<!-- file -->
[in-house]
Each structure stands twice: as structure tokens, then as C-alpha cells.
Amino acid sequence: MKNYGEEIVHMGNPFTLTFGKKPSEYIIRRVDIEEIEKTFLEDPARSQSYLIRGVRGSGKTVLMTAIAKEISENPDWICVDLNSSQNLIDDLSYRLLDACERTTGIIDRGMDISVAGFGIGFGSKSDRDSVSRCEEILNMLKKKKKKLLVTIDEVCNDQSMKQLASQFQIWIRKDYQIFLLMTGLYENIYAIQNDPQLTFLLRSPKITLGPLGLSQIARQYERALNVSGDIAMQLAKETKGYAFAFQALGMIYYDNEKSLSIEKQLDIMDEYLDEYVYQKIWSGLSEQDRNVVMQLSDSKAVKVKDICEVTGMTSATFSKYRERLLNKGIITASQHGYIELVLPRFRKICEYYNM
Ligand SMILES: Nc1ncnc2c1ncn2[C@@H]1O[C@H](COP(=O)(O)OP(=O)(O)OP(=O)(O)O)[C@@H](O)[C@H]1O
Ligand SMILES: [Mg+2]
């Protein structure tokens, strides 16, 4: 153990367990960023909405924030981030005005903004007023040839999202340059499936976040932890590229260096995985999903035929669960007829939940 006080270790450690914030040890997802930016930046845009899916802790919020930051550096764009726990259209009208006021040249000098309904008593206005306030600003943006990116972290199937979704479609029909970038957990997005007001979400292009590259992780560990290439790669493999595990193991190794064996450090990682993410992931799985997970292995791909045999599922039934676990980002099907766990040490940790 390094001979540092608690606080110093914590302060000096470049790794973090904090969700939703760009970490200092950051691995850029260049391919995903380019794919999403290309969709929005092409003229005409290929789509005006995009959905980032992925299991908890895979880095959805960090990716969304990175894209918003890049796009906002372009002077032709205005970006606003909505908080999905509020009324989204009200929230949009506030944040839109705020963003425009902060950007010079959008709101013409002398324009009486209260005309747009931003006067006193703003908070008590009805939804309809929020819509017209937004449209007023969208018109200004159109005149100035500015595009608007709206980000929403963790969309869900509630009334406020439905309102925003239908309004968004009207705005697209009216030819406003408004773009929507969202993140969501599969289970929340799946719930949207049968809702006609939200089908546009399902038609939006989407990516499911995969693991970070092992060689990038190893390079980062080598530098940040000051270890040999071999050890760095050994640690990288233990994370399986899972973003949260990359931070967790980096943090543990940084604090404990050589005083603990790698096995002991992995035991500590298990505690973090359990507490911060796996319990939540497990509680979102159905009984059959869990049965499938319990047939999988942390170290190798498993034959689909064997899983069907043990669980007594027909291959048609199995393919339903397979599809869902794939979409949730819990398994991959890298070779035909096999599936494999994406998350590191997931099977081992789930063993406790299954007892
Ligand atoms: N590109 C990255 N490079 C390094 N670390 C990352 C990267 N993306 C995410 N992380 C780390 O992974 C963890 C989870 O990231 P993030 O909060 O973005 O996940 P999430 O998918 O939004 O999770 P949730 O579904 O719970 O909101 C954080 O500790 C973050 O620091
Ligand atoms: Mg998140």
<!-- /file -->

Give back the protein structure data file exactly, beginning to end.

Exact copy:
[in-house]
Each structure stands twice: as structure tokens, then as C-alpha cells.
Amino acid sequence: MKNYGEEIVHMGNPFTLTFGKKPSEYIIRRVDIEEIEKTFLEDPARSQSYLIRGVRGSGKTVLMTAIAKEISENPDWICVDLNSSQNLIDDLSYRLLDACERTTGIIDRGMDISVAGFGIGFGSKSDRDSVSRCEEILNMLKKKKKKLLVTIDEVCNDQSMKQLASQFQIWIRKDYQIFLLMTGLYENIYAIQNDPQLTFLLRSPKITLGPLGLSQIARQYERALNVSGDIAMQLAKETKGYAFAFQALGMIYYDNEKSLSIEKQLDIMDEYLDEYVYQKIWSGLSEQDRNVVMQLSDSKAVKVKDICEVTGMTSATFSKYRERLLNKGIITASQHGYIELVLPRFRKICEYYNM
Ligand SMILES: Nc1ncnc2c1ncn2[C@@H]1O[C@H](COP(=O)(O)OP(=O)(O)OP(=O)(O)O)[C@@H](O)[C@H]1O
Ligand SMILES: [Mg+2]
């Protein structure tokens, strides 16, 4: 153990367990960023909405924030981030005005903004007023040839999202340059499936976040932890590229260096995985999903035929669960007829939940 006080270790450690914030040890997802930016930046845009899916802790919020930051550096764009726990259209009208006021040249000098309904008593206005306030600003943006990116972290199937979704479609029909970038957990997005007001979400292009590259992780560990290439790669493999595990193991190794064996450090990682993410992931799985997970292995791909045999599922039934676990980002099907766990040490940790 390094001979540092608690606080110093914590302060000096470049790794973090904090969700939703760009970490200092950051691995850029260049391919995903380019794919999403290309969709929005092409003229005409290929789509005006995009959905980032992925299991908890895979880095959805960090990716969304990175894209918003890049796009906002372009002077032709205005970006606003909505908080999905509020009324989204009200929230949009506030944040839109705020963003425009902060950007010079959008709101013409002398324009009486209260005309747009931003006067006193703003908070008590009805939804309809929020819509017209937004449209007023969208018109200004159109005149100035500015595009608007709206980000929403963790969309869900509630009334406020439905309102925003239908309004968004009207705005697209009216030819406003408004773009929507969202993140969501599969289970929340799946719930949207049968809702006609939200089908546009399902038609939006989407990516499911995969693991970070092992060689990038190893390079980062080598530098940040000051270890040999071999050890760095050994640690990288233990994370399986899972973003949260990359931070967790980096943090543990940084604090404990050589005083603990790698096995002991992995035991500590298990505690973090359990507490911060796996319990939540497990509680979102159905009984059959869990049965499938319990047939999988942390170290190798498993034959689909064997899983069907043990669980007594027909291959048609199995393919339903397979599809869902794939979409949730819990398994991959890298070779035909096999599936494999994406998350590191997931099977081992789930063993406790299954007892
Ligand atoms: N590109 C990255 N490079 C390094 N670390 C990352 C990267 N993306 C995410 N992380 C780390 O992974 C963890 C989870 O990231 P993030 O909060 O973005 O996940 P999430 O998918 O939004 O999770 P949730 O579904 O719970 O909101 C954080 O500790 C973050 O620091
Ligand atoms: Mg998140």